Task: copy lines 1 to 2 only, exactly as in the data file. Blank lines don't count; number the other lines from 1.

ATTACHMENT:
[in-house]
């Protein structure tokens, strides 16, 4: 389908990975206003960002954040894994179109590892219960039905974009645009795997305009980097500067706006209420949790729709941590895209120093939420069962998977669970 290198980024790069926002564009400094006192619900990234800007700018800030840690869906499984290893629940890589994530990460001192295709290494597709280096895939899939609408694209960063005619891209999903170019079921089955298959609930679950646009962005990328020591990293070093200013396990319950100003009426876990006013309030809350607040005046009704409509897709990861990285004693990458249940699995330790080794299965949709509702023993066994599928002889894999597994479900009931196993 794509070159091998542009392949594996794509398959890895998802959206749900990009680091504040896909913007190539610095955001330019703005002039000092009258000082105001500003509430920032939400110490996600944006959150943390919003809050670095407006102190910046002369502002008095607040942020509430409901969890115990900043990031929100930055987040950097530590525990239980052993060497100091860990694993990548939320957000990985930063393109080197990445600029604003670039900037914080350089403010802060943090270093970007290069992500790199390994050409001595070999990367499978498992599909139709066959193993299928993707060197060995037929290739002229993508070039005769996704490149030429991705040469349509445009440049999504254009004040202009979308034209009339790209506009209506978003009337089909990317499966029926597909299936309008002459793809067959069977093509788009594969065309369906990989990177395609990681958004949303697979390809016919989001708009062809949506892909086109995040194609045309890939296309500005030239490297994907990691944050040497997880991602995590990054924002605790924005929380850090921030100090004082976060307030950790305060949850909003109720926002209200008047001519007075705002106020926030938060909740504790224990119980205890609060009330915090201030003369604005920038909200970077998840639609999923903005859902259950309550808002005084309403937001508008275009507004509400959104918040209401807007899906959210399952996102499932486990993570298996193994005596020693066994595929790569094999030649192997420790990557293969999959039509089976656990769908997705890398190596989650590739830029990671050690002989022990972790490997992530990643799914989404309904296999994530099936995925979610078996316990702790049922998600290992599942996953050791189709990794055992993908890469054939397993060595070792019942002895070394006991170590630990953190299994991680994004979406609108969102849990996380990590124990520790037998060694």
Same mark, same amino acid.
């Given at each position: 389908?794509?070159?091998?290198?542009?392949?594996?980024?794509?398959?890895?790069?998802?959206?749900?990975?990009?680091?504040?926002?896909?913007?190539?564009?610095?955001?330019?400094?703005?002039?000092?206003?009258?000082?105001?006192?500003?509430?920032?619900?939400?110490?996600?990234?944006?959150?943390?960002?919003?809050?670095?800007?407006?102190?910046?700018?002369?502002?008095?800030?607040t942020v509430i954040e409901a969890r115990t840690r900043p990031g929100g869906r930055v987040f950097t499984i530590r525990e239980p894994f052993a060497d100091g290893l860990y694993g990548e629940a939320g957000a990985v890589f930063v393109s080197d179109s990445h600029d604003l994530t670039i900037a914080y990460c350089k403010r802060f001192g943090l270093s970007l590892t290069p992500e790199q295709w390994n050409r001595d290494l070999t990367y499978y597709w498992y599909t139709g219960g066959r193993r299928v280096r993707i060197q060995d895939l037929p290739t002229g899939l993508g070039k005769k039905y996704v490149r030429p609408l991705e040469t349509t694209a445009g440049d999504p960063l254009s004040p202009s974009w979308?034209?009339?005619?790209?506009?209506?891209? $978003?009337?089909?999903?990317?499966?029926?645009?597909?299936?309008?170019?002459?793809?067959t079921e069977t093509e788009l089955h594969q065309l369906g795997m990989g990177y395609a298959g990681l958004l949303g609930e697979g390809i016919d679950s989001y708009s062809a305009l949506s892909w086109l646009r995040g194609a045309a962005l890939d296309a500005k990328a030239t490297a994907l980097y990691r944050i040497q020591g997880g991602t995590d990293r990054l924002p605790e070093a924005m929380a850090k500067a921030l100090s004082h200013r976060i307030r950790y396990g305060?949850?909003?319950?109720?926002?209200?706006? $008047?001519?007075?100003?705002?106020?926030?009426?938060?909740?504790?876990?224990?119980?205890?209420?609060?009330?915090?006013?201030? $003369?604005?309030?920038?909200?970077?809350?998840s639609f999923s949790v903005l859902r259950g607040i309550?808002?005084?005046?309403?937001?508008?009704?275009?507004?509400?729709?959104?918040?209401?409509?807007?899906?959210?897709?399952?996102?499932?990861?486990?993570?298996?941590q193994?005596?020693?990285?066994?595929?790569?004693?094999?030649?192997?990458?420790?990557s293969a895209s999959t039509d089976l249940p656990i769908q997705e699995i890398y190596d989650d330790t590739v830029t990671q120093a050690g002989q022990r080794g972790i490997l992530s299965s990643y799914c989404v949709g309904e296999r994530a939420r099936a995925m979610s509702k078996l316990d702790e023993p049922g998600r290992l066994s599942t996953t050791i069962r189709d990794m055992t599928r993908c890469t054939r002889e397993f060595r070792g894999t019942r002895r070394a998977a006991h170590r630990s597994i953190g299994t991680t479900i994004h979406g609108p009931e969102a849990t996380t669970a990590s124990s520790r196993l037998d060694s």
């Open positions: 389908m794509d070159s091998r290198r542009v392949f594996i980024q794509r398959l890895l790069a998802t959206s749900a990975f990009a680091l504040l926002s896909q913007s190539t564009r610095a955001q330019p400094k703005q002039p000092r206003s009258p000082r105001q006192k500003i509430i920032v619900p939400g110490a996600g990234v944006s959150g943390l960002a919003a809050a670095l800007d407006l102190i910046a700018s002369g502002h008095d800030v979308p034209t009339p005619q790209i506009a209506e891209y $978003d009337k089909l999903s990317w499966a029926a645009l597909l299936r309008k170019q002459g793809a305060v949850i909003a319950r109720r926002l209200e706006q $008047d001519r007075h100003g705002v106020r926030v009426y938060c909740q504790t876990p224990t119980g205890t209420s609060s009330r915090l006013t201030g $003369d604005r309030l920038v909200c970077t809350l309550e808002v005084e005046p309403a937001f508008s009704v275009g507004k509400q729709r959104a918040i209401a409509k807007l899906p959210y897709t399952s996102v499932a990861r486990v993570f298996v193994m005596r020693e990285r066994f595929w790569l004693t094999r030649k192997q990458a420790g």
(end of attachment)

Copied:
[in-house]
């Protein structure tokens, strides 16, 4: 389908990975206003960002954040894994179109590892219960039905974009645009795997305009980097500067706006209420949790729709941590895209120093939420069962998977669970 290198980024790069926002564009400094006192619900990234800007700018800030840690869906499984290893629940890589994530990460001192295709290494597709280096895939899939609408694209960063005619891209999903170019079921089955298959609930679950646009962005990328020591990293070093200013396990319950100003009426876990006013309030809350607040005046009704409509897709990861990285004693990458249940699995330790080794299965949709509702023993066994599928002889894999597994479900009931196993 794509070159091998542009392949594996794509398959890895998802959206749900990009680091504040896909913007190539610095955001330019703005002039000092009258000082105001500003509430920032939400110490996600944006959150943390919003809050670095407006102190910046002369502002008095607040942020509430409901969890115990900043990031929100930055987040950097530590525990239980052993060497100091860990694993990548939320957000990985930063393109080197990445600029604003670039900037914080350089403010802060943090270093970007290069992500790199390994050409001595070999990367499978498992599909139709066959193993299928993707060197060995037929290739002229993508070039005769996704490149030429991705040469349509445009440049999504254009004040202009979308034209009339790209506009209506978003009337089909990317499966029926597909299936309008002459793809067959069977093509788009594969065309369906990989990177395609990681958004949303697979390809016919989001708009062809949506892909086109995040194609045309890939296309500005030239490297994907990691944050040497997880991602995590990054924002605790924005929380850090921030100090004082976060307030950790305060949850909003109720926002209200008047001519007075705002106020926030938060909740504790224990119980205890609060009330915090201030003369604005920038909200970077998840639609999923903005859902259950309550808002005084309403937001508008275009507004509400959104918040209401807007899906959210399952996102499932486990993570298996193994005596020693066994595929790569094999030649192997420790990557293969999959039509089976656990769908997705890398190596989650590739830029990671050690002989022990972790490997992530990643799914989404309904296999994530099936995925979610078996316990702790049922998600290992599942996953050791189709990794055992993908890469054939397993060595070792019942002895070394006991170590630990953190299994991680994004979406609108969102849990996380990590124990520790037998060694």